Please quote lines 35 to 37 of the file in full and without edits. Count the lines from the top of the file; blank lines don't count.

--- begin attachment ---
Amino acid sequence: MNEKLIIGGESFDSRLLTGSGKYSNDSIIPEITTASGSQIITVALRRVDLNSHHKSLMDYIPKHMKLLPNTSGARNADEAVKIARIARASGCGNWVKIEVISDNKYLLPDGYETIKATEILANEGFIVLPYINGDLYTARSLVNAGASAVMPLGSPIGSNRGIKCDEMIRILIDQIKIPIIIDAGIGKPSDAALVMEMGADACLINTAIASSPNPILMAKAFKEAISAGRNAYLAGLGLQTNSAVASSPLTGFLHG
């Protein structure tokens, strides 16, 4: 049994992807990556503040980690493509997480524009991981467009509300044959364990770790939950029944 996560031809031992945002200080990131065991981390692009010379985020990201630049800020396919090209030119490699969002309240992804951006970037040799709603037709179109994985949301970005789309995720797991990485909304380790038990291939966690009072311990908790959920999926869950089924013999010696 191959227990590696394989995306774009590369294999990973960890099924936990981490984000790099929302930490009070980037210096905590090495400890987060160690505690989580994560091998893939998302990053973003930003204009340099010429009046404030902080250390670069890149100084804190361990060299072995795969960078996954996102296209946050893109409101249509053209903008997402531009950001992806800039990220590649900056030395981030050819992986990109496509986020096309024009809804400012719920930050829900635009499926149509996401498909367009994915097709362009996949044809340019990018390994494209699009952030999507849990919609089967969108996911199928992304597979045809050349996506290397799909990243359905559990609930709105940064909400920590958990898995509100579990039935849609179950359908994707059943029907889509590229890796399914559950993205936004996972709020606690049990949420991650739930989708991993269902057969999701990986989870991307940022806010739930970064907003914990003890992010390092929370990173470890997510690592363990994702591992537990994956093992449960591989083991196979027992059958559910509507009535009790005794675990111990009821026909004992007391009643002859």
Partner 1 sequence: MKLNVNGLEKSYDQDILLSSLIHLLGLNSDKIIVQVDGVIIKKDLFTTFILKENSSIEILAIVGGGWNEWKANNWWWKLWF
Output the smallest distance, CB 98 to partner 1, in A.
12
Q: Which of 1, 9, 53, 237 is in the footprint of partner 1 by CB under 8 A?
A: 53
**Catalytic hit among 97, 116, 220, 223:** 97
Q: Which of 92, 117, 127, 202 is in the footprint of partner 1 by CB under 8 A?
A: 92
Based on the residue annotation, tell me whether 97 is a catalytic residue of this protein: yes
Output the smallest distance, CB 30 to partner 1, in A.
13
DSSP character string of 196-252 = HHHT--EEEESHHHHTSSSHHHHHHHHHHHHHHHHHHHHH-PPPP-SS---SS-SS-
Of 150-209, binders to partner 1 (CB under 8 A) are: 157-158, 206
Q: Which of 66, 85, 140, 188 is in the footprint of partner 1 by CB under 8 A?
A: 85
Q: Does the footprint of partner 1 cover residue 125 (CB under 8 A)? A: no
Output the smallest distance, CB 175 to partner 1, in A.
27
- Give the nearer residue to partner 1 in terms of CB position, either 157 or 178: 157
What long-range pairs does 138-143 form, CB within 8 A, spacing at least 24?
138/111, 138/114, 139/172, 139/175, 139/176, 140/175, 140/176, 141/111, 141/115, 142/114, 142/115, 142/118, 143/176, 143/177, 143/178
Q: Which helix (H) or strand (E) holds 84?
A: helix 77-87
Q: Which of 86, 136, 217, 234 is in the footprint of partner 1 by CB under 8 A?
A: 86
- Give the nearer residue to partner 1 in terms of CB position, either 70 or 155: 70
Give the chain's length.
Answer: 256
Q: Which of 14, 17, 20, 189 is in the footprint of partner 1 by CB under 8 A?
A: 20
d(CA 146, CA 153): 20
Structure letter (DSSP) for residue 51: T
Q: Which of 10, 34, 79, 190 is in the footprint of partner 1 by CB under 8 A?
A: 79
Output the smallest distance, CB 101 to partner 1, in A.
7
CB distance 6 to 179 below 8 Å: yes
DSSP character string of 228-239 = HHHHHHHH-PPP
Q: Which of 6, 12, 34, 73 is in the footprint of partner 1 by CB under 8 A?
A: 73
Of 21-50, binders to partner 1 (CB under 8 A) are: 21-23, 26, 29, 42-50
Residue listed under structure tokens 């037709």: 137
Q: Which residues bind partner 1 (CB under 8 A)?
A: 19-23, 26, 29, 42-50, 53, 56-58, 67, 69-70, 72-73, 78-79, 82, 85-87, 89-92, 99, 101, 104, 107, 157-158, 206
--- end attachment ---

Q: Which of 10, 34, 79, 190 is in the footprint of partner 1 by CB under 8 A?
A: 79
Output the smallest distance, CB 101 to partner 1, in A.